Kane state's attorney seeks funds for officer crisis training

  • Kane County State's Attorney Joe McMahon wants $40,000 for crisis intervention training for officers in the coming year.

    Kane County State's Attorney Joe McMahon wants $40,000 for crisis intervention training for officers in the coming year. Daily Herald File Photo

Updated 10/18/2016 4:56 PM

Kane County State's Attorney Joe McMahon is asking for $40,000 in next year's budget to provide 130 officers in the sheriff's department, as well as the Aurora and Elgin police departments, with crisis intervention training.

Advocates say this training to de-escalate situations is invaluable to get people with mental health issues treatment instead of incarceration, which can save taxpayers money in the long run and hold people accountable without criminal convictions.


"It's much cheaper to treat people in the community than to incarcerate them," said Bill Scown, a volunteer at the Fox River Valley Initiative, an area group seeking to increase access to mental health care and support, and member of the Unitarian Universalist Society of Geneva. "Our jails are not equipped to be mental health providers."

For Kane County officials, the challenge is twofold: connecting people with treatment programs after an arrest or incident, and how an officer might respond to an initial offense or disturbance.

"When people buy into treatment programs, the recidivism rate goes way down," McMahon said. He noted authorities are trying to balance between holding offenders accountable and providing treatment options and services "so they don't get caught in this revolving door and keep coming in and out of the system."

McMahon estimates there are about 1,500 total law enforcement officers in Kane County and about 150 to 200 of them have some type of crisis intervention training. The $40,000 in funding will train 130 officers in the coming year, about 10 percent of law enforcement.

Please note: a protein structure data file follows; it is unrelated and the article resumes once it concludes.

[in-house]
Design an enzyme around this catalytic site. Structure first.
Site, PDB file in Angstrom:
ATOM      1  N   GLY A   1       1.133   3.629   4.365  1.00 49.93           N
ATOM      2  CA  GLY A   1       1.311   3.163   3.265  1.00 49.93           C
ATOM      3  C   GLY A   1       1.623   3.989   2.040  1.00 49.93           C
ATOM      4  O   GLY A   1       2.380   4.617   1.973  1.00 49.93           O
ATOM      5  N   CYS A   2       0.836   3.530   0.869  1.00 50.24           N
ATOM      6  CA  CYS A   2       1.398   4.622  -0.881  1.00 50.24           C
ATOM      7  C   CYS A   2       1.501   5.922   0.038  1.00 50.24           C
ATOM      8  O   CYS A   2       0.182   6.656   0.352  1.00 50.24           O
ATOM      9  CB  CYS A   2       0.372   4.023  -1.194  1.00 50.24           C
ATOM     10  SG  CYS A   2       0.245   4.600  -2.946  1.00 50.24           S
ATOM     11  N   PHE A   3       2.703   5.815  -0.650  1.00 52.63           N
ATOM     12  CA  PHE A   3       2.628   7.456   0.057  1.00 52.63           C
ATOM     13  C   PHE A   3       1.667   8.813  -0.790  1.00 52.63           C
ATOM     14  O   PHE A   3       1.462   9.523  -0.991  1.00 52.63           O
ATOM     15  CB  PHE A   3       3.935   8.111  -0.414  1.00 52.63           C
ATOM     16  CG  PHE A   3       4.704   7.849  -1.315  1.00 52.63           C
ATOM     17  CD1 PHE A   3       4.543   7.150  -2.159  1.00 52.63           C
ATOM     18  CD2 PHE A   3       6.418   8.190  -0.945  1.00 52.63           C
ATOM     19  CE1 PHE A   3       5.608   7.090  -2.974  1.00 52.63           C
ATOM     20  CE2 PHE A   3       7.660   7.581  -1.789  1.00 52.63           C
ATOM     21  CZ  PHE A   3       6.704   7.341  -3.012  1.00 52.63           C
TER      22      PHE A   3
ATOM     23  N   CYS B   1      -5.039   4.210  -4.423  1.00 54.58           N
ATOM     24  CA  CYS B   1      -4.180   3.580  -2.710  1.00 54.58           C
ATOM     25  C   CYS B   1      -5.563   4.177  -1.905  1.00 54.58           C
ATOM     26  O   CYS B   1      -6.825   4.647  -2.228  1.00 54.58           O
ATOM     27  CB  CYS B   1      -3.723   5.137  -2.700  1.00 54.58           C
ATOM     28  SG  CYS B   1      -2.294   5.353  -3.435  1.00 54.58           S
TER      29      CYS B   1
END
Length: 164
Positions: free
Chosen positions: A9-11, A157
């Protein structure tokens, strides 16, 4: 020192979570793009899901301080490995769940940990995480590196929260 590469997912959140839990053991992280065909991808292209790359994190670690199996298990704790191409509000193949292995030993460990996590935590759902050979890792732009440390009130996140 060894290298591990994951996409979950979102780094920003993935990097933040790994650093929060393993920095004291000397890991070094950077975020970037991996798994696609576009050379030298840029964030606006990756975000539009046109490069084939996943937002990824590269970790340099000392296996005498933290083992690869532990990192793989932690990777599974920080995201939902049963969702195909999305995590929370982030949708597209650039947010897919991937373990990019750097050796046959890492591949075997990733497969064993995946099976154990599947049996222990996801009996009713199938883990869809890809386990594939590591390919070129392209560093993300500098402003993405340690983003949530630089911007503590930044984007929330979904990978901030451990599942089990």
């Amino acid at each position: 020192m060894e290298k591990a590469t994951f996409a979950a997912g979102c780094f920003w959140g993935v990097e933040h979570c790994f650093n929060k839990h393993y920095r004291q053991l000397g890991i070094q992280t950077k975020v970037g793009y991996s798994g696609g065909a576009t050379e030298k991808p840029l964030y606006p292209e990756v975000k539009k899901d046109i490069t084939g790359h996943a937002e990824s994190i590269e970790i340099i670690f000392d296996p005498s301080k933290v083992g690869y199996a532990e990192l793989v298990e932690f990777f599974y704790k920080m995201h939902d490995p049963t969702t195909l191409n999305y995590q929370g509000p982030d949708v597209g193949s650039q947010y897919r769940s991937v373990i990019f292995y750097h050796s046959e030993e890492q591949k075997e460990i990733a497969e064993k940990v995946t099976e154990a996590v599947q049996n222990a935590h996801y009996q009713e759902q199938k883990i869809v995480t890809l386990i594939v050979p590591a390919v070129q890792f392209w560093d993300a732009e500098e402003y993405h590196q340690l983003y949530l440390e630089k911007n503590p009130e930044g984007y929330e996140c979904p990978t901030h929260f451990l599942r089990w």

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"That's a good step," he said. "I wish we could get 100 percent trained in the next two to three years, but that's not possible. It's a funding challenge. For an officer to go to a (training) program, it's time off the street."

Adrienne McCauley, organizer with the Fox River Valley Initiative, said newly trained officers can become advocates and teachers at their respective departments, which also can budget their own training. "You have to start somewhere to begin to create the energy and will," McCauley said.

Advocates also say more crisis training and delivering better mental health care dovetails well with Gov. Bruce Rauner's plan to decrease the state's prison population by 25 percent over the next 10 years.

Barb Thurlby, director of education and advocacy at Hesed House shelter in Aurora and leader at the Fox River Valley Initiative, said officers with crisis intervention training are better equipped to respond to incidents involving mental illness.

De-escalating can be something as simple as how aggressive an officer's stance is when exiting a squad car to lying next to a person with mental health issues and just listening, she said.

"I look at it as a cultural change," Thurlby said.

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